After teaching in Maine for more than 10 years, I’m convinced most Mainers are pretty smart, especially when it comes to practical matters. After hundreds of years of staying warm in the winter, Mainers know that when you’re trying to start a fire, it really helps if the wood is dry.

Unfortunately, as the Legislature negotiates the state budget, there appears to be a real disconnect between the numbers in their spreadsheets and the real-life world of Mainers and Maine students and what it takes for them to succeed.

In their budget negotiations, some lawmakers are trying to sell us wet wood.

Last fall, voters approved Question 2, which had several key elements to it: fully funding the state’s share of public education; progressive taxation in which the wealthy pay a little more; and protecting property taxpayers from cost shifts and cuts in essential services. To ensure the future success of our students, we must make certain all of these elements are included in the budget.

But that’s only part of the equation.

We also must address the economic conditions that hold kids back. If the Legislature cuts vital services that provide for the health and well-being of poor kids, Maine educators become social workers, who are just trying to keep our kids whole enough to make it through the day. This is not a recipe for student success.

Some lawmakers who want to repeal the 3 percent surcharge on high-income earners also are looking to other places in the budget to make cuts, including programs that provide health care, food and other assistance to children.

Recent Maine policy has already led to terrible outcomes for too many children.

It’s hard to imagine, but in a time of steady economic recovery, one in five young children is living in poverty, barely getting by without the basics.

We’re not doing enough for these kids, and we cannot afford to hurt them more.

I can tell you from firsthand experience that kids who come to school hungry, who have experienced homelessness, and who don’t have a safe and secure place to call home face enormous challenges in the classroom.

The best teachers in the world aren’t miracle workers. Hungry, hurting kids struggle to learn at the same rate as their well-fed, wealthy peers, and no teacher is going to change that fact.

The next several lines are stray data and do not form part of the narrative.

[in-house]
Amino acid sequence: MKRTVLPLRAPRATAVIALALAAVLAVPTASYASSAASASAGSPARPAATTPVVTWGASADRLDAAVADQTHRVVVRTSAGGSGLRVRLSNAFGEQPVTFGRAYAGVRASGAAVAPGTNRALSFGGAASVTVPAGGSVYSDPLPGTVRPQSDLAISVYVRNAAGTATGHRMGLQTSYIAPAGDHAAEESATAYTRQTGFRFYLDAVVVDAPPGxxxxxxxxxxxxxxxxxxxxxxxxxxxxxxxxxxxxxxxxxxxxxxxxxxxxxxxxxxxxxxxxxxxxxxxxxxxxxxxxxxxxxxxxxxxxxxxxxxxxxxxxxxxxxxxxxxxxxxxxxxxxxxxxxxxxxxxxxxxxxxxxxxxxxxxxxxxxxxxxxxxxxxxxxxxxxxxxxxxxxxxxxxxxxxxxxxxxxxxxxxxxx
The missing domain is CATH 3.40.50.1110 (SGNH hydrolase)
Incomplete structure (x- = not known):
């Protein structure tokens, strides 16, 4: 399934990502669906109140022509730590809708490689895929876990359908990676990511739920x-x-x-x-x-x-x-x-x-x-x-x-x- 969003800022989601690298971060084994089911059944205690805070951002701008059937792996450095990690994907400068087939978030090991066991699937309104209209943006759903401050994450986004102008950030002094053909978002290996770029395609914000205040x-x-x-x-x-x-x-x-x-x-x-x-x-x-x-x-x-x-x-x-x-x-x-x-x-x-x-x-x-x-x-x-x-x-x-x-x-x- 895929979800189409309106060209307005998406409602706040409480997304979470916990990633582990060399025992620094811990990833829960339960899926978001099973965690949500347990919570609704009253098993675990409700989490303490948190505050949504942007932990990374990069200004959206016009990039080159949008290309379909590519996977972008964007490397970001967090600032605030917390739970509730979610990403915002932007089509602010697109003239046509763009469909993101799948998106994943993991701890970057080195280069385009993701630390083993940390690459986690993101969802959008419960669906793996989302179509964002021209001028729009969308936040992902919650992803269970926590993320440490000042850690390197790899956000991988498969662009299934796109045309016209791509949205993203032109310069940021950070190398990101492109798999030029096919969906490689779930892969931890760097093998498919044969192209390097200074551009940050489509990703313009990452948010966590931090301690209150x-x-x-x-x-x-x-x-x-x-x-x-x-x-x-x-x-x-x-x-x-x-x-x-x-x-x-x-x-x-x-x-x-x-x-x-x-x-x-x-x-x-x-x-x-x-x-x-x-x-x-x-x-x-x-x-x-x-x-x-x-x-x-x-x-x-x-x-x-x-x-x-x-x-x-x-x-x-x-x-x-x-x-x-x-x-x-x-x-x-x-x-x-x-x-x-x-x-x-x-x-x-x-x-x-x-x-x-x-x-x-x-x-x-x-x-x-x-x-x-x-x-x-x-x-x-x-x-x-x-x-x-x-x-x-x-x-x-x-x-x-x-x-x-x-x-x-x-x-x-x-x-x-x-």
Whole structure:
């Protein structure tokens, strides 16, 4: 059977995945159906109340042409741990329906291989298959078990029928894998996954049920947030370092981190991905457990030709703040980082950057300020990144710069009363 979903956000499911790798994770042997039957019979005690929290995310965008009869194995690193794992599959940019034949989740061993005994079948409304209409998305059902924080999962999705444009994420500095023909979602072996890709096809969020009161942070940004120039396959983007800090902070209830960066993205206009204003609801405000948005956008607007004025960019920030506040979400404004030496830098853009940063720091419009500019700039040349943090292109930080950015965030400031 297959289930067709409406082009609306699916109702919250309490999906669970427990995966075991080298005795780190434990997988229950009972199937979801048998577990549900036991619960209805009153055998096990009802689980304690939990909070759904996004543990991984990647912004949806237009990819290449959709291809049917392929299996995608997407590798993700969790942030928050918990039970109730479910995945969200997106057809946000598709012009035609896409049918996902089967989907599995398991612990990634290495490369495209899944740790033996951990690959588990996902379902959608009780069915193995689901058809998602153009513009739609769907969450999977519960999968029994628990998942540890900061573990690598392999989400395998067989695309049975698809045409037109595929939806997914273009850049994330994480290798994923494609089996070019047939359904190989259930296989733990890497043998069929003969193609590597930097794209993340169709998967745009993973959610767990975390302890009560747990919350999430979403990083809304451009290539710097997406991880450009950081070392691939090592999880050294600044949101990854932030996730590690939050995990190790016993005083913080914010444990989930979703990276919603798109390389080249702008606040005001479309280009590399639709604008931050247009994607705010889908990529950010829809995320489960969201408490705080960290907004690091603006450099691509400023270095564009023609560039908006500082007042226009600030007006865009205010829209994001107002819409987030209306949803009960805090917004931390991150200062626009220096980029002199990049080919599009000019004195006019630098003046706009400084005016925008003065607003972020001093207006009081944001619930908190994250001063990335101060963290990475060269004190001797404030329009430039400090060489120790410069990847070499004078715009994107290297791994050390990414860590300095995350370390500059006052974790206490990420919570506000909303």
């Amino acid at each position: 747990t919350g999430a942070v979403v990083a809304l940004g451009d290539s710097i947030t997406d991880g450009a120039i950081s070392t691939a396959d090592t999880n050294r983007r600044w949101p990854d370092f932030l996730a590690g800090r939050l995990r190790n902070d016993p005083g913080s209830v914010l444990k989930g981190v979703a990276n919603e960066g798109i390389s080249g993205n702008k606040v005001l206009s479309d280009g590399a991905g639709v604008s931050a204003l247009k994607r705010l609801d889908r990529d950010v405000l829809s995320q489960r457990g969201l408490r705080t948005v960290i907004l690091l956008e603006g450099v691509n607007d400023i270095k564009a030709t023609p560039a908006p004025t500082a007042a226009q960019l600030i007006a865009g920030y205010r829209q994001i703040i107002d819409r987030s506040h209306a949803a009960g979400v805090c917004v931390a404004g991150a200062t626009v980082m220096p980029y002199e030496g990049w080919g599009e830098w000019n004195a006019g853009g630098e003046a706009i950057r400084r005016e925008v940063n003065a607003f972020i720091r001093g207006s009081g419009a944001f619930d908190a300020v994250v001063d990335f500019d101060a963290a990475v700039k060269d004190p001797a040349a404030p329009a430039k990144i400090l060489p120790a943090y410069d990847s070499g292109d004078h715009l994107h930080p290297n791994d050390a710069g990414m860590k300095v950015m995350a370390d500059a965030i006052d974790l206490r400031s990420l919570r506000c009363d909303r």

Children’s Health Watch in Boston, in research published in 2015, found that “food insecurity can damage children’s health and brain development years before they enter a classroom. By kindergarten, food-insecure children often are cognitively, emotionally and physically behind their food-secure peers.”

Under the governor’s proposed budget, 1,500 kids would lose support to meet basic needs from Temporary Assistance for Needy Families, which helps poor families and kids meet their basic needs. Head Start would lose about $1.2 million, money that helps prepare students for academic success.

There is no question that Maine should fund 55 percent of the cost education as demanded by voters.

But it’s also common sense that those new education dollars not come at the expense of poor families and poor children.

Some politicians in Augusta seem to be under the mistaken impression that voters aren’t very smart, that we’re easily fooled and didn’t really know what we were voting for last November.

I don’t believe any of those things are true.

Voters recognize that we have a problem with education funding in the state that hurts both students and people who pay property taxes.

They voted to ask wealthy Mainers to pay just a little bit more so that kids would have the best shot at success in the classroom without shifting new costs to towns and cities. By defining the funding source, voters made clear they didn’t want to take from the poor to fund education.

Voters were clear. It’s only some politicians who are confused about what’s best for our state.

Mainers are pretty smart. We want education to be funded, and we want our kids to be fed, happy and healthy. Our budget must include full funding for education financed by a tax on annual incomes over $200,000, as approved by voters last November. It is the dry wood we need to light the fire that will lead to a brighter future for our students and our state.

Benjamin Brigham is a 2017 PBS Digital Innovator. He also was the 2015 Washington County Teacher of the Year.